Recently, a number of groups sent out a letter urging the FCC to enforce its own rules on the issue of CableCARD. CableCARD is somewhat of an obscure issue, but as consumers rush to the store to buy the latest gadget this holiday season, they may increasingly be learning more about the intricacies of how to hook-up their HDTV or Series 3 TiVO to their cable service. Consumers should care about CableCARD because it is what allows digital device manufacturers to compete against that digital cable set-top box and provide better features and prices.
Previously, a cable subscriber had little to no choice but to lease a digital set-top box from his particular cable provider. A cheaper box could not be bought from another supplier because only the cable provider's set-top box (STB) would work and allow access to the cable channels. This is because older and many current STBs are “integrated,” meaning they perform both security (i.e. decryption of the cable signals) and non-security functions.
The main problem is that integrated STBs tie and extend a cable provider's control over the security functions to the non-security features such as receiving and changing cable channels. While it is understandable why cable providers should control the security aspects of their network–to identify subscribers and allow them to descramble the television signals–they should not be able to extend this control (some might even call it monopoly power) over the non-security components. This is where the FCC and CableCARD come in.
In 1998, the FCC implemented Â§629 of the Telecommunications Act of 1996 which directed the FCC to “adopt regulations to assure the commercial availability” of devices used by consumers to access cable channels. The decision was to split the security and non-security functionality of the integrated STBs so that each can be performed by competitive devices. The industry solution was CableCARD–essentially a thick, credit-card-sized piece of hardware that can be inserted into a slot in a “host navigation device” such as a non-integrated set-top box, a digital television set, or even the latest TiVO. Since CableCARD performs only the security function, it gives other retailers the opportunity to provide additional and innovative features in a competitive market and at lower costs for consumers.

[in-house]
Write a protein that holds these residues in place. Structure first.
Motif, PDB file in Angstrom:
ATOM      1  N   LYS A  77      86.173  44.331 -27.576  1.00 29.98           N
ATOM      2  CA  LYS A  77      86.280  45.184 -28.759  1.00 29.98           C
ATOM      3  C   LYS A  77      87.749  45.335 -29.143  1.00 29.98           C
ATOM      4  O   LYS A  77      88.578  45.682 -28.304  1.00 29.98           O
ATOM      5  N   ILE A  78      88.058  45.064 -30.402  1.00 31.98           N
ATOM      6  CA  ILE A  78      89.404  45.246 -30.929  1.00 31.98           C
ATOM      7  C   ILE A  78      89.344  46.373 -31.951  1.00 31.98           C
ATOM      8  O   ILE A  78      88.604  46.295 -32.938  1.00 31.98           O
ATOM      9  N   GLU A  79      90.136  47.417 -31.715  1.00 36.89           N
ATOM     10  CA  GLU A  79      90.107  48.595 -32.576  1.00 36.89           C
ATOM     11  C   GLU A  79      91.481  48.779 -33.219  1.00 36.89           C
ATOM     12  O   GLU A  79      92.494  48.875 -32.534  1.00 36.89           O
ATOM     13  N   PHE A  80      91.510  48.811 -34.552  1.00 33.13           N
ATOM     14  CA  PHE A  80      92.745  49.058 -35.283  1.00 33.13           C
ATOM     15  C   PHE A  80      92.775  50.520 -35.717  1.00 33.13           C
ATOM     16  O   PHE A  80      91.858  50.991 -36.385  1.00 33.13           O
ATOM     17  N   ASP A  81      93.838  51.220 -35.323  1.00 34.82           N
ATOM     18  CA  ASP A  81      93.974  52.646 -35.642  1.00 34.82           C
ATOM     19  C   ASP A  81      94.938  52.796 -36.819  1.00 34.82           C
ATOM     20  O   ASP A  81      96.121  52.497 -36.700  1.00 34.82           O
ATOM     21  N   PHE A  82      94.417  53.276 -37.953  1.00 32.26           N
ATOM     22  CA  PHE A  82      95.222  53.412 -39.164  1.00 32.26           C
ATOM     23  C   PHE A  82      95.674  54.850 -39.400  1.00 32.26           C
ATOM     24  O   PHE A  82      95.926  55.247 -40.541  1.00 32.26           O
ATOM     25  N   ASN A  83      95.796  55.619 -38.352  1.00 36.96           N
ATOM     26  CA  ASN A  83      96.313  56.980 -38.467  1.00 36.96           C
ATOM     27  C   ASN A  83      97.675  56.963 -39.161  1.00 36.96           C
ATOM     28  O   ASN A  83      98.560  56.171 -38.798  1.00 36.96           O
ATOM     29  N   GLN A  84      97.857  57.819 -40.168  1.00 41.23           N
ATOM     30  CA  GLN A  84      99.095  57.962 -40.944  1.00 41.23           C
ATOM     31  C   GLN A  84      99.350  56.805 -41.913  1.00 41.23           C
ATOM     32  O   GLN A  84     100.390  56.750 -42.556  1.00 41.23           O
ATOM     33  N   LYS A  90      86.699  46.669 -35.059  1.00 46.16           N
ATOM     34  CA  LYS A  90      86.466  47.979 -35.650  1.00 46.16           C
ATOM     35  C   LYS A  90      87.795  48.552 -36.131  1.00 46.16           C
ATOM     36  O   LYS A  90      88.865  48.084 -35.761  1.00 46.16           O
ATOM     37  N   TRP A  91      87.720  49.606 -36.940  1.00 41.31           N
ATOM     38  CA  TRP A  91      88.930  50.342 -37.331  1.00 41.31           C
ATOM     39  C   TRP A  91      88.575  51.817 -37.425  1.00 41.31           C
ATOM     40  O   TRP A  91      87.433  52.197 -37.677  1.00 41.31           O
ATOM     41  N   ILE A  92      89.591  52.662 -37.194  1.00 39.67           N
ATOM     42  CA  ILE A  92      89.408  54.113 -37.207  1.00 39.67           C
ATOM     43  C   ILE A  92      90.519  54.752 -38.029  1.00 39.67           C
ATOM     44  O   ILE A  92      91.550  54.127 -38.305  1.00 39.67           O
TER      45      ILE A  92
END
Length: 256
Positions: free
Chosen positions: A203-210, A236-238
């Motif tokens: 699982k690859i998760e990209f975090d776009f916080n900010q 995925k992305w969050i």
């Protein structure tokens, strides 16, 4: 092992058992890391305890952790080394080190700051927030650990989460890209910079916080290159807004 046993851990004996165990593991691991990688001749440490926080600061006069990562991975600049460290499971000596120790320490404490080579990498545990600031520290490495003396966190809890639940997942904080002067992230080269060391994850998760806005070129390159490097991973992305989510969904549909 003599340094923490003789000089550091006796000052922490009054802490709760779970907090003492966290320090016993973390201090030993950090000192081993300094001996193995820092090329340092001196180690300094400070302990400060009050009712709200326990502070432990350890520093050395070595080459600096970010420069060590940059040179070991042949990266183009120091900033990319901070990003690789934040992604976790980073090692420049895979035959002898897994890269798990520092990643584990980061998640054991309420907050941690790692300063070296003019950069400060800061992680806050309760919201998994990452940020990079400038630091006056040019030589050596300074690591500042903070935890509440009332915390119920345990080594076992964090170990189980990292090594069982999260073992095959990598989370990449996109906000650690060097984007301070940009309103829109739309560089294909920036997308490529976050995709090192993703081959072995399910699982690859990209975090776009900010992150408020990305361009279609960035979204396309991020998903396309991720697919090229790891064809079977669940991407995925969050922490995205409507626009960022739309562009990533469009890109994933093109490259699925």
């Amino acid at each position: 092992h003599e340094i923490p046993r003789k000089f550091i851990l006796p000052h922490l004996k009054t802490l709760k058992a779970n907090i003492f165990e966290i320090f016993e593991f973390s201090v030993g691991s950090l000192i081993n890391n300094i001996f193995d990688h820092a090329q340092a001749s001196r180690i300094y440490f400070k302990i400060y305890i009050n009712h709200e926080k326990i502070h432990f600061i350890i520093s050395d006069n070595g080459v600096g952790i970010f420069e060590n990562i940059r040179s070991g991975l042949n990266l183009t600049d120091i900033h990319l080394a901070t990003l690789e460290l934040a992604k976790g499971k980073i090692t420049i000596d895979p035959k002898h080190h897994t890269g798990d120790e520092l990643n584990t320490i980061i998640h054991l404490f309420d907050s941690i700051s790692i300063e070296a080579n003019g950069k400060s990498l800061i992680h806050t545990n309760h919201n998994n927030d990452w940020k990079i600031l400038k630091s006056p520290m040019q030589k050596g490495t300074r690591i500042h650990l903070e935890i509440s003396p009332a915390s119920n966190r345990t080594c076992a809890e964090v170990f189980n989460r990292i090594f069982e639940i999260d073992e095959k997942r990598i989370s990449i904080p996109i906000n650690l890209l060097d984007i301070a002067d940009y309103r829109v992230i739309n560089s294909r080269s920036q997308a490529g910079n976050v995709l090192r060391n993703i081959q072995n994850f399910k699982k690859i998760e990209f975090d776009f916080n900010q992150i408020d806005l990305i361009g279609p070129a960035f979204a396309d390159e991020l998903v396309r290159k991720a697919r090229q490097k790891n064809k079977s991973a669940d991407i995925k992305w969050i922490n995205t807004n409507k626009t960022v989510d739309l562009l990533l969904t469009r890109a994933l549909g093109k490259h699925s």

Okay, so why are we talking about this today–these regulations were effective in 1998, right? True, but some in the cable industry have been delaying and postponing, and most recently asked the FCC for waivers so as not to have to fully comply with the regulations. In our group letter, we called their actions “anti-consumer,” and Gigi called on the FCC to “enforce the rules, and give consumers the benefits of competition and innovation.”
Yes, CableCARD is an obscure issue, but it's one that consumers should care about. It directly impacts consumers in their pocketbook (for monthly rental cable set-top box fees) and with their choice of the latest innovative products on store shelves.